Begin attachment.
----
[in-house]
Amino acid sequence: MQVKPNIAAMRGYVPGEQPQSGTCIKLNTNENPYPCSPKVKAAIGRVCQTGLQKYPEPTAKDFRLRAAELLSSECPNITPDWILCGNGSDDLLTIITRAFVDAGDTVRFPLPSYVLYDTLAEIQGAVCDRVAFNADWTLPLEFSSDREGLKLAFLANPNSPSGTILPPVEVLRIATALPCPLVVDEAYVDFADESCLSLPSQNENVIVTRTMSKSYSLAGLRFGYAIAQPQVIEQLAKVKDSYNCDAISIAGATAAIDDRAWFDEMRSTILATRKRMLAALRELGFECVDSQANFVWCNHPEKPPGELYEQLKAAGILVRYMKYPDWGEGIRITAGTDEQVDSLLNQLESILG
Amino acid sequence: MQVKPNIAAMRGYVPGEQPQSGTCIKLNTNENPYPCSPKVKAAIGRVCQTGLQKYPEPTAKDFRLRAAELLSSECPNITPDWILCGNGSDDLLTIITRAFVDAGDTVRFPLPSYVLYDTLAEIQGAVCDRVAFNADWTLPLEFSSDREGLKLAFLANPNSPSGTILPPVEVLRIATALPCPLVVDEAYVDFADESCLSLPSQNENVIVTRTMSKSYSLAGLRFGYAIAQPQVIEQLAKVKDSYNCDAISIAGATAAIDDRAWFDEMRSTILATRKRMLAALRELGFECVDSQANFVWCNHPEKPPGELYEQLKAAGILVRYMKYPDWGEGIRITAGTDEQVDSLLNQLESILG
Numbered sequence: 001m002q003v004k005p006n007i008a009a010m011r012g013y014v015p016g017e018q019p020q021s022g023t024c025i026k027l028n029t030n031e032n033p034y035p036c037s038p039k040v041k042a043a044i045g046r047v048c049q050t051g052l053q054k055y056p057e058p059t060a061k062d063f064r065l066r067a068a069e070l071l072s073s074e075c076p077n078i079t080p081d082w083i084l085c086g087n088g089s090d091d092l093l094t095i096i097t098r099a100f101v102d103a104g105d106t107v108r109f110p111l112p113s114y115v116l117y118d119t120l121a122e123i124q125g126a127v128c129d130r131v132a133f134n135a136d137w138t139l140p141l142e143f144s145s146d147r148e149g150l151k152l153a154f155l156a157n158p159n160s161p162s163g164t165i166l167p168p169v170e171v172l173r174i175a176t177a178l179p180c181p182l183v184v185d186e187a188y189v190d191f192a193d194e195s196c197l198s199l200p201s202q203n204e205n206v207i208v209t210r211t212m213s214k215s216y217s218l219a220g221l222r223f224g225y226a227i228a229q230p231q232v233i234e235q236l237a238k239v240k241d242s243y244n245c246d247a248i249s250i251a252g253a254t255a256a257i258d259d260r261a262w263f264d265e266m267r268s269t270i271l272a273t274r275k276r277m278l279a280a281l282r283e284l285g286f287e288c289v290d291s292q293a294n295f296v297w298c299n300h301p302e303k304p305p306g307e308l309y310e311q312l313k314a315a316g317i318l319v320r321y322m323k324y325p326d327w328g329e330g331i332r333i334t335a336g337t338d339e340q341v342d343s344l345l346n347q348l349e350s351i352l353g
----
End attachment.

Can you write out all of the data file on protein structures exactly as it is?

[in-house]
Amino acid sequence: MQVKPNIAAMRGYVPGEQPQSGTCIKLNTNENPYPCSPKVKAAIGRVCQTGLQKYPEPTAKDFRLRAAELLSSECPNITPDWILCGNGSDDLLTIITRAFVDAGDTVRFPLPSYVLYDTLAEIQGAVCDRVAFNADWTLPLEFSSDREGLKLAFLANPNSPSGTILPPVEVLRIATALPCPLVVDEAYVDFADESCLSLPSQNENVIVTRTMSKSYSLAGLRFGYAIAQPQVIEQLAKVKDSYNCDAISIAGATAAIDDRAWFDEMRSTILATRKRMLAALRELGFECVDSQANFVWCNHPEKPPGELYEQLKAAGILVRYMKYPDWGEGIRITAGTDEQVDSLLNQLESILG
Amino acid sequence: MQVKPNIAAMRGYVPGEQPQSGTCIKLNTNENPYPCSPKVKAAIGRVCQTGLQKYPEPTAKDFRLRAAELLSSECPNITPDWILCGNGSDDLLTIITRAFVDAGDTVRFPLPSYVLYDTLAEIQGAVCDRVAFNADWTLPLEFSSDREGLKLAFLANPNSPSGTILPPVEVLRIATALPCPLVVDEAYVDFADESCLSLPSQNENVIVTRTMSKSYSLAGLRFGYAIAQPQVIEQLAKVKDSYNCDAISIAGATAAIDDRAWFDEMRSTILATRKRMLAALRELGFECVDSQANFVWCNHPEKPPGELYEQLKAAGILVRYMKYPDWGEGIRITAGTDEQVDSLLNQLESILG
Numbered sequence: 001m002q003v004k005p006n007i008a009a010m011r012g013y014v015p016g017e018q019p020q021s022g023t024c025i026k027l028n029t030n031e032n033p034y035p036c037s038p039k040v041k042a043a044i045g046r047v048c049q050t051g052l053q054k055y056p057e058p059t060a061k062d063f064r065l066r067a068a069e070l071l072s073s074e075c076p077n078i079t080p081d082w083i084l085c086g087n088g089s090d091d092l093l094t095i096i097t098r099a100f101v102d103a104g105d106t107v108r109f110p111l112p113s114y115v116l117y118d119t120l121a122e123i124q125g126a127v128c129d130r131v132a133f134n135a136d137w138t139l140p141l142e143f144s145s146d147r148e149g150l151k152l153a154f155l156a157n158p159n160s161p162s163g164t165i166l167p168p169v170e171v172l173r174i175a176t177a178l179p180c181p182l183v184v185d186e187a188y189v190d191f192a193d194e195s196c197l198s199l200p201s202q203n204e205n206v207i208v209t210r211t212m213s214k215s216y217s218l219a220g221l222r223f224g225y226a227i228a229q230p231q232v233i234e235q236l237a238k239v240k241d242s243y244n245c246d247a248i249s250i251a252g253a254t255a256a257i258d259d260r261a262w263f264d265e266m267r268s269t270i271l272a273t274r275k276r277m278l279a280a281l282r283e284l285g286f287e288c289v290d291s292q293a294n295f296v297w298c299n300h301p302e303k304p305p306g307e308l309y310e311q312l313k314a315a316g317i318l319v320r321y322m323k324y325p326d327w328g329e330g331i332r333i334t335a336g337t338d339e340q341v342d343s344l345l346n347q348l349e350s351i352l353g